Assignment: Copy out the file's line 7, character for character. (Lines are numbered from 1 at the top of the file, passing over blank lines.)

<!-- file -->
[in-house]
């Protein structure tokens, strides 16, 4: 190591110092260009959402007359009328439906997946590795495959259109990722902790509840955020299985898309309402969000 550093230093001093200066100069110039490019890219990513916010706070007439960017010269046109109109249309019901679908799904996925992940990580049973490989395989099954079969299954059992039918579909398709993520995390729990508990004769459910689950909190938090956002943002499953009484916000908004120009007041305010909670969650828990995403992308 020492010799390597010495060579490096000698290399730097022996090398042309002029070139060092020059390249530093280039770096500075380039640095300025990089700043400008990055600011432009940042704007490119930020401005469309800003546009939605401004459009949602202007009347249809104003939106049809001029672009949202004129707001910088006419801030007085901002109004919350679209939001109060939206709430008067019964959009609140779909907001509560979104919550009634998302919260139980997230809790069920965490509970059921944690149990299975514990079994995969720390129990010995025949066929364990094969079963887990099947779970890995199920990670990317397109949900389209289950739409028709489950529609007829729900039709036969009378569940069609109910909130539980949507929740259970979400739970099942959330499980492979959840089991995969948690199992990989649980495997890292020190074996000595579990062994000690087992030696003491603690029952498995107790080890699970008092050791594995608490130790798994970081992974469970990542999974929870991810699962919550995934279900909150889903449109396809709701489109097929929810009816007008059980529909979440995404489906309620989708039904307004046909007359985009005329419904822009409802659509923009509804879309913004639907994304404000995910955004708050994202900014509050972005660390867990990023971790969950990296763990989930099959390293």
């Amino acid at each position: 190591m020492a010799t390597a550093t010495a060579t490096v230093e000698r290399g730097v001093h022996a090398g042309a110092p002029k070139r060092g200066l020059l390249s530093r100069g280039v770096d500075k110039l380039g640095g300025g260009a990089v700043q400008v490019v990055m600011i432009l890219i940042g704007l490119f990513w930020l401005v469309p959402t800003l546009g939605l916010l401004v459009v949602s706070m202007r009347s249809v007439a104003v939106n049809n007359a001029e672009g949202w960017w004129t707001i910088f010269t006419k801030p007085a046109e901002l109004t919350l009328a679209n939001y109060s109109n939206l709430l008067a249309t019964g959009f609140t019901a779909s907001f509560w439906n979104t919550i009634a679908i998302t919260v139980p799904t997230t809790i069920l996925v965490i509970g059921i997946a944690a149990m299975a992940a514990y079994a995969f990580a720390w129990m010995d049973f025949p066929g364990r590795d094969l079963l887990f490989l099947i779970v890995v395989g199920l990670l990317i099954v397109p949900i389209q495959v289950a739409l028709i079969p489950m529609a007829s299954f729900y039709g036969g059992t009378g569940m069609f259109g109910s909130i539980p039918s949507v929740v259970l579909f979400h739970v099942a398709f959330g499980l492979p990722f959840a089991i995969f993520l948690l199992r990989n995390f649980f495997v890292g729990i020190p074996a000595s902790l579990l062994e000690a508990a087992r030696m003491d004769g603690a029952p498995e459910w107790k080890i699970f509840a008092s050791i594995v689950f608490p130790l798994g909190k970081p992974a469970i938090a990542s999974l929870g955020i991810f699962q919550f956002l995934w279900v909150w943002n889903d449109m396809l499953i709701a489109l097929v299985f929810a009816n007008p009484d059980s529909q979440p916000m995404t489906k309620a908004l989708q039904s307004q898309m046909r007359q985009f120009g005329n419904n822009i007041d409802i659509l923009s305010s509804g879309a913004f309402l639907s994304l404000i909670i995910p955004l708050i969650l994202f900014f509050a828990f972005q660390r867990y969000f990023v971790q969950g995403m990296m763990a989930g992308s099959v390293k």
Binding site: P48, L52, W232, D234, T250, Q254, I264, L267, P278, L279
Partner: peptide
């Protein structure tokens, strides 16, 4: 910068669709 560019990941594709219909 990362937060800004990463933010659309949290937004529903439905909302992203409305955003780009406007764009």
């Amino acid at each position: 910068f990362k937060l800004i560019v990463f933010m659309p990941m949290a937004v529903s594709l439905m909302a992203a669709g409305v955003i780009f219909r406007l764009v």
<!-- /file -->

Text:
């Amino acid at each position: 910068f990362k937060l800004i560019v990463f933010m659309p990941m949290a937004v529903s594709l439905m909302a992203a669709g409305v955003i780009f219909r406007l764009v």